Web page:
CONNIE GRAY STOOD IN THE PLAYGROUND, watching her sons on the monkey bars.
Look at them. So innocent. They have no idea their world is crumbling around them.
Cade was six and the spitting image of his father, Michael. Dark-haired and olive-skinned, he had the same open, happy, guileless face as Mike. Cooper had more of Connie in him. His coloring was fairer, his features more feminine. And he was altogether a more complex child. Sensitive. Anxious. Both the boys were highly intelligent. With parents like Connie and Michael, how could they not be? But four-year-old Cooper was the deeper thinker.
I wonder what he'd think if he knew what his mommy has been up to? Perhaps one day, when he's older, he'll understand? How desperate times called for desperate measures?
THE ELDEST OF THE KNOWLES SISTERS, Connie had been a straight-A student since first grade. Her mother's pride and joy, Connie had had to make do with her father's respect and affection. Cooper Knowles's heart was already spoken for. It belonged to his youngest daughter, Grace.
Like Honor, Connie recognized early on that the baby of the family was "special," a uniquely compelling, lovely child. Unlike Honor, however, Connie had no intention of taking a backseat to little Grace, or of giving up the limelight. She played her role as the brains of the family brilliantly, graduating top of her class in high school and getting accepted into all the premier Ivy League colleges. Though she feigned a lack of interest in beauty and fashion, Connie knew she was attractive, albeit in a strong-featured, masculine sort of way. She did all she could to maintain her flawless alabaster complexion and the trim, long-legged figure that men so admired. She might not be able to compete with Grace in terms of looks, but being eight years older, she didn't have to.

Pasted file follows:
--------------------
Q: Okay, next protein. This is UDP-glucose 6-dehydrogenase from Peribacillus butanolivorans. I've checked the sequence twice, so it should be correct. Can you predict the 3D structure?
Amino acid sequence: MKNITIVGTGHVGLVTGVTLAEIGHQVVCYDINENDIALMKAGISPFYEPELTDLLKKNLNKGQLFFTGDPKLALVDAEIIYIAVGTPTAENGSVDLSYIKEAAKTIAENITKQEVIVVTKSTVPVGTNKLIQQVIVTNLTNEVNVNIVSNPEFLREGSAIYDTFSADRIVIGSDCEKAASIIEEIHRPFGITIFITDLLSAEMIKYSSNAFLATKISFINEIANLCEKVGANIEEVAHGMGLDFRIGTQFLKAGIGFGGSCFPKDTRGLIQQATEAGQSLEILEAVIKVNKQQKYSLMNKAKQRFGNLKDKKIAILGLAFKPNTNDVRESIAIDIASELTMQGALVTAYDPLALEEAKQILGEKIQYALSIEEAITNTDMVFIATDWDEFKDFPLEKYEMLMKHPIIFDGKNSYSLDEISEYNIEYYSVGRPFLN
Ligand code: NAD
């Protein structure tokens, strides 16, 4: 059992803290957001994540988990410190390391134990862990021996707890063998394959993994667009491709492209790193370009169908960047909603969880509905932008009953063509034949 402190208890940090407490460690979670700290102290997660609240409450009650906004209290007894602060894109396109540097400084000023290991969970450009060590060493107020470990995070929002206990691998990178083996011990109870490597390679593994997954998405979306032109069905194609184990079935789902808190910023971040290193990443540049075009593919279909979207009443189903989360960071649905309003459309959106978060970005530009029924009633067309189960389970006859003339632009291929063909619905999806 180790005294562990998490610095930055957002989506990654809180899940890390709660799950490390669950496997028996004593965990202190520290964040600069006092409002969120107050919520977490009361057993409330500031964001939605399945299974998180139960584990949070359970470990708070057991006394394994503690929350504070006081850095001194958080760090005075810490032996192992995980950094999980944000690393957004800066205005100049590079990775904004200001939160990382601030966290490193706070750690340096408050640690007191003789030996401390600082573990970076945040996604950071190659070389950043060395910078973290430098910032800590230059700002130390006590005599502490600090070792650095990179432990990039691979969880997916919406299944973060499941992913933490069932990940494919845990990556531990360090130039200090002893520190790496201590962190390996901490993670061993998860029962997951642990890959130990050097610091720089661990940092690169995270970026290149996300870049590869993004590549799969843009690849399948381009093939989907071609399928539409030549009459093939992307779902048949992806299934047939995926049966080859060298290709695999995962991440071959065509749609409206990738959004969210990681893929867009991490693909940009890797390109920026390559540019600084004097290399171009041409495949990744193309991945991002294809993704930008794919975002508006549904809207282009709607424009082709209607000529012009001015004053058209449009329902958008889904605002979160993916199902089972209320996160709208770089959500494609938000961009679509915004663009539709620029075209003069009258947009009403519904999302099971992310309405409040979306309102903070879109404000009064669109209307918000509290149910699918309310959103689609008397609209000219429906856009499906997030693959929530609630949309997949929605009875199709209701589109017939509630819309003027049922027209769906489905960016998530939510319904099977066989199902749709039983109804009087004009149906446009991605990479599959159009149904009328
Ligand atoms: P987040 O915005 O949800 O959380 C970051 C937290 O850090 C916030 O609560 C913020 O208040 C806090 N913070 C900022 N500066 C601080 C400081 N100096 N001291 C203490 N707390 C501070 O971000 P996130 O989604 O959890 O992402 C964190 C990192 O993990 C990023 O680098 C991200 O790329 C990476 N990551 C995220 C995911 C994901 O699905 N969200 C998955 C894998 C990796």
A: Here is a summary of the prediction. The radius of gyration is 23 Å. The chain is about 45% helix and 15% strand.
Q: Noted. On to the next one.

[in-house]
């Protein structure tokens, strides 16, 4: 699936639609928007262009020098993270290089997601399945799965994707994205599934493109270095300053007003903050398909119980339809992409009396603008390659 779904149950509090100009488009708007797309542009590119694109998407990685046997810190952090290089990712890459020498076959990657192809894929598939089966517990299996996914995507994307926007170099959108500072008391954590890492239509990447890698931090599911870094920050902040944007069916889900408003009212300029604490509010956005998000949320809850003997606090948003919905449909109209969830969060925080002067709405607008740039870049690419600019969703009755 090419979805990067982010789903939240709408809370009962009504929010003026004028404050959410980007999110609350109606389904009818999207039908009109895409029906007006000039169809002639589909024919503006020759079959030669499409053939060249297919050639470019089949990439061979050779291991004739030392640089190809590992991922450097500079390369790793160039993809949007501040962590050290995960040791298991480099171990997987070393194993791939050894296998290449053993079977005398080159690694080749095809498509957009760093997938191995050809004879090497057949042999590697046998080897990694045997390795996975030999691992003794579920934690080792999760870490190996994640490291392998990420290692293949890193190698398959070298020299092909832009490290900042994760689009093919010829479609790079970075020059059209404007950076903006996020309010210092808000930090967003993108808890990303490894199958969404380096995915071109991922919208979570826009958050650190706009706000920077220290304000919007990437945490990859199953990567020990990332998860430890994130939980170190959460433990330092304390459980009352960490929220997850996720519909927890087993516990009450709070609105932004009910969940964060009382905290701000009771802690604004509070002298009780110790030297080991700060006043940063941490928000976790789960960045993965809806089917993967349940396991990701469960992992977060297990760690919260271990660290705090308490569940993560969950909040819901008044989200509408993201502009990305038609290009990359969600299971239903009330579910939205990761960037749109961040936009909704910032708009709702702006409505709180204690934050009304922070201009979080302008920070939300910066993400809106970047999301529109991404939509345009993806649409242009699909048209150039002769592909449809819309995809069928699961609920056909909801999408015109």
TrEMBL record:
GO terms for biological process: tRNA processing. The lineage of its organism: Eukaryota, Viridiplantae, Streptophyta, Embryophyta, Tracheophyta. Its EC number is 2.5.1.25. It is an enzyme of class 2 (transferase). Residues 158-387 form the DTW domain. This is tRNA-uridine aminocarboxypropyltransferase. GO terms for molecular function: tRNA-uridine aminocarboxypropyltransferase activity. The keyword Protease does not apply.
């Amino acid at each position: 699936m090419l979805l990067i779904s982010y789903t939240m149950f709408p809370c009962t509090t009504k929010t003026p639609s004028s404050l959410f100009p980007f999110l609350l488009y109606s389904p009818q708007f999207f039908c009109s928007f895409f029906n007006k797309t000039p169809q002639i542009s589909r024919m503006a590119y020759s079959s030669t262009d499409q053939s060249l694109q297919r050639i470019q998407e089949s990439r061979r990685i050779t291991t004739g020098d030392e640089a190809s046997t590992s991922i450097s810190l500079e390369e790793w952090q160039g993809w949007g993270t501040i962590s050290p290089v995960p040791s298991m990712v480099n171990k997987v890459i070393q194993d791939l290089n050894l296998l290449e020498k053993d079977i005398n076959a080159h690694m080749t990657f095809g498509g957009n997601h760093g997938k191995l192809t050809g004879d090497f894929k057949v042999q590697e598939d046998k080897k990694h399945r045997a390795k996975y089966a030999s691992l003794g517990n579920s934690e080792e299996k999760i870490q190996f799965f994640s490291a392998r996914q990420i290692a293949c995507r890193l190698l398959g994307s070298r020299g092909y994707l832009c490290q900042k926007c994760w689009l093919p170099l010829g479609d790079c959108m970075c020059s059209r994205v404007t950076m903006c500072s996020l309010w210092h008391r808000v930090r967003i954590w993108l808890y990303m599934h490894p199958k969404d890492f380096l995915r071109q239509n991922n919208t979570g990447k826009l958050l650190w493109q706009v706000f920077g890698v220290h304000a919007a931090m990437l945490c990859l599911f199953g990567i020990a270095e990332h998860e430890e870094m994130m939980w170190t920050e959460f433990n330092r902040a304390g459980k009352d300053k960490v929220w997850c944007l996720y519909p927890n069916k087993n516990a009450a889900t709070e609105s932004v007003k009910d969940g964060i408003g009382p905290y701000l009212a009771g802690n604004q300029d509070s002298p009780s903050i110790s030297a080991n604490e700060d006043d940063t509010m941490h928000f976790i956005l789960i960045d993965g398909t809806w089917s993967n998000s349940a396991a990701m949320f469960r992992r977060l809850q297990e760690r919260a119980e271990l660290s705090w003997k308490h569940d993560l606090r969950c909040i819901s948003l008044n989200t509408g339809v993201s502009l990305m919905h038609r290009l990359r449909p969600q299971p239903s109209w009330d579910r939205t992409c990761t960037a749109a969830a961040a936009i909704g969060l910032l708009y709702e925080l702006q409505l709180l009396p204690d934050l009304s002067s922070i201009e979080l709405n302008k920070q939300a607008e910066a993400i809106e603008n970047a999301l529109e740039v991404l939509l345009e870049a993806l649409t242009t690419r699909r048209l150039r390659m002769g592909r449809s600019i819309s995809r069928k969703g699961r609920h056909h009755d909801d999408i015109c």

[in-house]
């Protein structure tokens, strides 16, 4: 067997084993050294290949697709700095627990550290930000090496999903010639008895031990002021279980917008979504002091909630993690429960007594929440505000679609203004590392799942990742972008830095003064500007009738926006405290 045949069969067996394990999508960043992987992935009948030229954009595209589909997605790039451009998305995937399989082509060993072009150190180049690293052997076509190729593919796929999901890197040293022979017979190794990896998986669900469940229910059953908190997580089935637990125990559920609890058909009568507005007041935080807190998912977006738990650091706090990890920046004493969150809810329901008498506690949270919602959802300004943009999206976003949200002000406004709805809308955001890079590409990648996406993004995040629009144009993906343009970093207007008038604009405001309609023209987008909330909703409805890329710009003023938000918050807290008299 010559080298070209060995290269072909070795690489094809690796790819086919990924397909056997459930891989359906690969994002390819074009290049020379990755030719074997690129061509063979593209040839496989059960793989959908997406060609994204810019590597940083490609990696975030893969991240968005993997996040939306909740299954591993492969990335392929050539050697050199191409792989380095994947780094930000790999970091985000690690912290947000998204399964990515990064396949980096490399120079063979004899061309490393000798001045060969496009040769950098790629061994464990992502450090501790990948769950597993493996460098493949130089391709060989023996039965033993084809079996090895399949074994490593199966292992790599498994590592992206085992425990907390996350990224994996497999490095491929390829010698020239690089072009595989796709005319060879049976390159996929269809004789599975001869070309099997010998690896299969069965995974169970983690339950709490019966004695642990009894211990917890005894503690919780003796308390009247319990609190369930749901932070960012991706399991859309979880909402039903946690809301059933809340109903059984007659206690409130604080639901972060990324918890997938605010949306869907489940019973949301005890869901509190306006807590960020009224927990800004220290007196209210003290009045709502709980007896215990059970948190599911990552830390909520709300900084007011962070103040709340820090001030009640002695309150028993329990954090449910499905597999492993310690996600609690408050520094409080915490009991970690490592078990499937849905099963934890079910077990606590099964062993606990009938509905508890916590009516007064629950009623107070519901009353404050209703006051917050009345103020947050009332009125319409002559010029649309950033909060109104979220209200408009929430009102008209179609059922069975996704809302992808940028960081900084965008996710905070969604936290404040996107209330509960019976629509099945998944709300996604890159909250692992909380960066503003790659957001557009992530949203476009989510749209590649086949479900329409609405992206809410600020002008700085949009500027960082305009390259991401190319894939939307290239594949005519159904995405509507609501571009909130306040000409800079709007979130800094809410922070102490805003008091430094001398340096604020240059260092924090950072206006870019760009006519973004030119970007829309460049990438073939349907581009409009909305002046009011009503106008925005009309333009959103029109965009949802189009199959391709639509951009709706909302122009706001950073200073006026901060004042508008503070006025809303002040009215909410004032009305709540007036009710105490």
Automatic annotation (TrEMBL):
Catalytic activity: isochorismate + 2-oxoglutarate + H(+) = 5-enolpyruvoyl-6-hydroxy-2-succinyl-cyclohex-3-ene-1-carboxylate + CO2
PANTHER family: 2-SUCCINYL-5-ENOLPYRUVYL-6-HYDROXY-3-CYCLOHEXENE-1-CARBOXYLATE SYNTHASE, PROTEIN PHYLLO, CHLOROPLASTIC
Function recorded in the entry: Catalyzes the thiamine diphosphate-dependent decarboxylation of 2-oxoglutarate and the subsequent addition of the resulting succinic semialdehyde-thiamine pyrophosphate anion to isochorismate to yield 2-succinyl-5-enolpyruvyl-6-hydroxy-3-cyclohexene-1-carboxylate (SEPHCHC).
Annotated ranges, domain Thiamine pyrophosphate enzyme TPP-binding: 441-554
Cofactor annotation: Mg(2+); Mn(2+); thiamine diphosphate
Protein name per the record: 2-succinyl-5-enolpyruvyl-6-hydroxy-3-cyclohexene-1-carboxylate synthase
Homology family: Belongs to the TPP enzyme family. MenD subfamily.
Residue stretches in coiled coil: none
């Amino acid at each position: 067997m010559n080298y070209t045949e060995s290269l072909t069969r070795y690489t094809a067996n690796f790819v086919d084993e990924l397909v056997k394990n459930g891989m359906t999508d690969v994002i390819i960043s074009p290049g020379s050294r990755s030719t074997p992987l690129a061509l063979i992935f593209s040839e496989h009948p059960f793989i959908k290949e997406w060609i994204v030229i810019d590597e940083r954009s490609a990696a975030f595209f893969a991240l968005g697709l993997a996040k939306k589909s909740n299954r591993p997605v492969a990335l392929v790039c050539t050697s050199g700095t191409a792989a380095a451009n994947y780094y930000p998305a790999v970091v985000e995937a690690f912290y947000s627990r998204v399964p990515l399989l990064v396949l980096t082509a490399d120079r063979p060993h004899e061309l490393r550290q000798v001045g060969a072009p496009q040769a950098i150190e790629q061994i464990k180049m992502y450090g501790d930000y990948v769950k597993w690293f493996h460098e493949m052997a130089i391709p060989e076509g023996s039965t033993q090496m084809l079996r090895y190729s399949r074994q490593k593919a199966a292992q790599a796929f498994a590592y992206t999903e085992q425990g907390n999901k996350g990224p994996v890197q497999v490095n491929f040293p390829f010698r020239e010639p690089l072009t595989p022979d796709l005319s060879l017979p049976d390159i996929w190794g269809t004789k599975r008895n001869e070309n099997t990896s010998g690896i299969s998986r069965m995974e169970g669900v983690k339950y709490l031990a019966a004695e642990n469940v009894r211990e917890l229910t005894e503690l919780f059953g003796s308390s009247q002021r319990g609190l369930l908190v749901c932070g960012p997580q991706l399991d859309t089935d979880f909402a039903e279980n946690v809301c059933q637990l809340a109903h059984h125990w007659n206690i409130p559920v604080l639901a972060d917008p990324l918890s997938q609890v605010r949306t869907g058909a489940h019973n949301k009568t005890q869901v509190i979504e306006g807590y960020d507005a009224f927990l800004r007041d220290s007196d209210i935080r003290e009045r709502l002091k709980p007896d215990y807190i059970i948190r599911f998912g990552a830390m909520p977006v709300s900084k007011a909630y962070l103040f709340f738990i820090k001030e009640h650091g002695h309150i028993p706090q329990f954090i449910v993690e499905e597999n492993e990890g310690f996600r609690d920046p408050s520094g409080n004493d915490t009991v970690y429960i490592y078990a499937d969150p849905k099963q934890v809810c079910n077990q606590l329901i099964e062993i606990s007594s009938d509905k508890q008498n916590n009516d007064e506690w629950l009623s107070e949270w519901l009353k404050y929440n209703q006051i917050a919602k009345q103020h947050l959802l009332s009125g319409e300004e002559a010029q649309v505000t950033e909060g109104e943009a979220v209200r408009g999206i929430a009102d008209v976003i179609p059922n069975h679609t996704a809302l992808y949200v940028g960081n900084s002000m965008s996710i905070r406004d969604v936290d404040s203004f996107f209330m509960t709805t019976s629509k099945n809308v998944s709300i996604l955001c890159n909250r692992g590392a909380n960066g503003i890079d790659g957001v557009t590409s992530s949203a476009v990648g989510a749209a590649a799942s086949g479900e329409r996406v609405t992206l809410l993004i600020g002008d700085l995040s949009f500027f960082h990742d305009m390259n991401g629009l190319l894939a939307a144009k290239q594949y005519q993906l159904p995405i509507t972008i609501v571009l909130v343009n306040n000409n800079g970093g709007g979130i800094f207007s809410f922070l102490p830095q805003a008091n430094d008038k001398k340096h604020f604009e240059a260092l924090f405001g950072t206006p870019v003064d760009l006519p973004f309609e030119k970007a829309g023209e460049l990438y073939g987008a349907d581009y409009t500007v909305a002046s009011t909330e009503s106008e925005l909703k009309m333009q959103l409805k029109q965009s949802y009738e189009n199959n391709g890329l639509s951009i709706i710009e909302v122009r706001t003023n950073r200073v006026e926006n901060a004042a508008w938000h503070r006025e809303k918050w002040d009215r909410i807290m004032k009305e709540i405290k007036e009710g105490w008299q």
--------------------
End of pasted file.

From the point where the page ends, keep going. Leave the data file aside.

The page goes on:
By the time Grace is old enough to come out in society, I'll be happily married. She'll be Honor's problem then.
And of course, she was. Like all the Knowles sisters, Connie married for love. Michael Gray was a knockout in those days. He was pretty gorgeous, but back then he still had his football player's physique, as well as the chiseled, Armani-model features that made all the secretaries at Lehman Brothers swoon.
Connie kept working as a lawyer until Cade was born. After that, there didn't seem much point. Michael was a partner at Lehman, earning millions of dollars a year in bonuses. Of course, most of that came in the form of stock options. But back then, who cared about that? Bank stocks were only moving one way - up. If the Grays spent multiples of Mike's basic salary every year, they were only doing what everybody else was doing. If you wanted something expensive, like a Hamptons beach house or a Bentley or a $100,000 necklace for your wife on her anniversary, you borrowed against your stock. It was a simple, tax-efficient system and one that no one questioned.
Then Bear Stearns collapsed.
In hindsight, the failure of that venerable old New York institution in March 2008 was the beginning of the end for Michael and Connie Gray, and for thousands like them. But of course, hindsight is 20/20. At the time, Connie remembered, it still felt as if something seismic and awful and unimaginable was happening to someone else. Those were the best kind of tragedies. The kinds that were close enough to give you a frisson of terror and excitement, without actually affecting your life.